Later the Pope presented Jesus as man of prayer (cf. October 28, 2020), who leads our prayer and includes us in his mission. He is also our prayer teacher (4-XI-2020), because prayer is the rudder of the road, it is listening and meeting with God. "Prayer has the power to transform into good what in life would otherwise be condemnation; prayer has the power to open a great horizon to the mind and to enlarge the heart.". Personal prayer is "an art" in solitude, which helps us to abandon ourselves into God's hands.

We need prayer because it gives us strength and oxygen for our life, which come to us through the presence of the Holy Spirit. Like that of Jesus, our prayer must be persevering and continuous, tenacious, courageous and humble (cf. 11-XI-2020); even when we feel nothing, even, as it happened in the lives of many saints, in the midst of "the night of faith and the silence of God"..

The prayer of Jesus, always accompanied by the action of the Holy Spirit, is the living foundation of our prayer. Jesus, as St. Augustine says and as the Catechism of the Catholic Church says, "He prays for us as our priest; He prays in us as our head; to Him our prayer is addressed as to our God. Let us, therefore, recognize in Him our voices; and His voice in us." (n. 2616). A subject that was very dear to Benedict XVI.

Maria, on the other hand, is woman of prayer (cfr. 18-XI-2020). She has been praying since she was young, without wanting to be autonomous: "She waits for God to take the reins of her path and guide her where He wills. She is docile, and with her availability she predisposes the great events that involve God in the world.". She, with her fiat (let it be done), manifests its permanent openness to God's will. Our prayer should also be like this: simple, trusting, available: "Lord, whatever You will, whenever You will, and however You will." She does so until the cross and after the cross, as Mother of the nascent Church. It is her silent presence as mother and disciple. Everything that happens passes through the "sieve" of prayer in her heart, which is, therefore, like a pearl of incomparable splendor.

Rediscovering Mary's heart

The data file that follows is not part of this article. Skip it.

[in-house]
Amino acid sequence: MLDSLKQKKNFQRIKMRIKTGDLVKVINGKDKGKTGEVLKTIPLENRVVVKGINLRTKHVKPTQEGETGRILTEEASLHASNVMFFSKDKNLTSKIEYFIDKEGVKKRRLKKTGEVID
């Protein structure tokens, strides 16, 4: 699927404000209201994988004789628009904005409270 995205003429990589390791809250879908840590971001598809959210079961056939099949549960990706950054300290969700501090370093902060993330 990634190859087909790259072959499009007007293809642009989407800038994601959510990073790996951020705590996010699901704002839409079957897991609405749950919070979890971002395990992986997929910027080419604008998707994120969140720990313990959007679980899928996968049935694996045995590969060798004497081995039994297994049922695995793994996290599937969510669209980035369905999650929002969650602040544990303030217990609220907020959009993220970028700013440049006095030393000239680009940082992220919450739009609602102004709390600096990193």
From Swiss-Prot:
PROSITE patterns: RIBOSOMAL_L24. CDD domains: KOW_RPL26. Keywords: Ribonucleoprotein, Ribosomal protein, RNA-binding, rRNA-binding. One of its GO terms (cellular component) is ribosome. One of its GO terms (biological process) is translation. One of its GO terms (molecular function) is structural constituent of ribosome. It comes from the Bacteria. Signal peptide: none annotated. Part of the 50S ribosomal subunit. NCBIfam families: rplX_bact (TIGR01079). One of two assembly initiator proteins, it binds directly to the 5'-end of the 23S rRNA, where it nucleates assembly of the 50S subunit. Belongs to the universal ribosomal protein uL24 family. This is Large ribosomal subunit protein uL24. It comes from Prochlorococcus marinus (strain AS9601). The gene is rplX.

The Lord gave us Mary as our mother from the cross (cf. Jn 19:27), when he was giving us his life and his Spirit (cf. Address at the Pontifical Theological Faculty "Marianum" in Rome, 24-XI-2020). "And he did not let his work be accomplished without giving us Our Lady, because he wants us to walk in life with a mother, even more, with the best of mothers." (cf. Evangelii gaudium, 285).

This is why the Church and also our Earth, says Francis, need to rediscover the maternal heart of Mary. All of us "We need motherhood, that which generates and regenerates life with tenderness, because only gift, care and sharing keep the human family together. Let us think of the world without mothers: it has no future." (cf. encyclical Fratelli tutti, 278).

It is interesting to know that perhaps the most ancient Mariological datum in the New Testament is the statement that the Savior "born of woman" (Gal 4:4). "In the Gospel." -The Pope remarked. "Mary is the woman, the new Eve, who from Cana to Calvary intervenes for our salvation (cf. Jn 2:4; 19:26)." Finally, she is also the woman clothed with the sun who takes care of Jesus' offspring (cfr. Rev. 12,17). And Francis deduces: "Just as the mother makes of the Church a family, the woman makes of us a people.". Francis underlined the role of women, essential to the history of salvation, and therefore essential for the Church and the world. Nevertheless, he exclaimed, "how many women do not receive the dignity due to them!".

That is why the Church, the world and also theology need his wit and his style. And as far as Mariology, that "can contribute to bring to culture, also through art and poetry, the beauty that humanizes and instills hope."also "is called to seek more dignified spaces for women in the Church, starting from the common baptismal dignity.".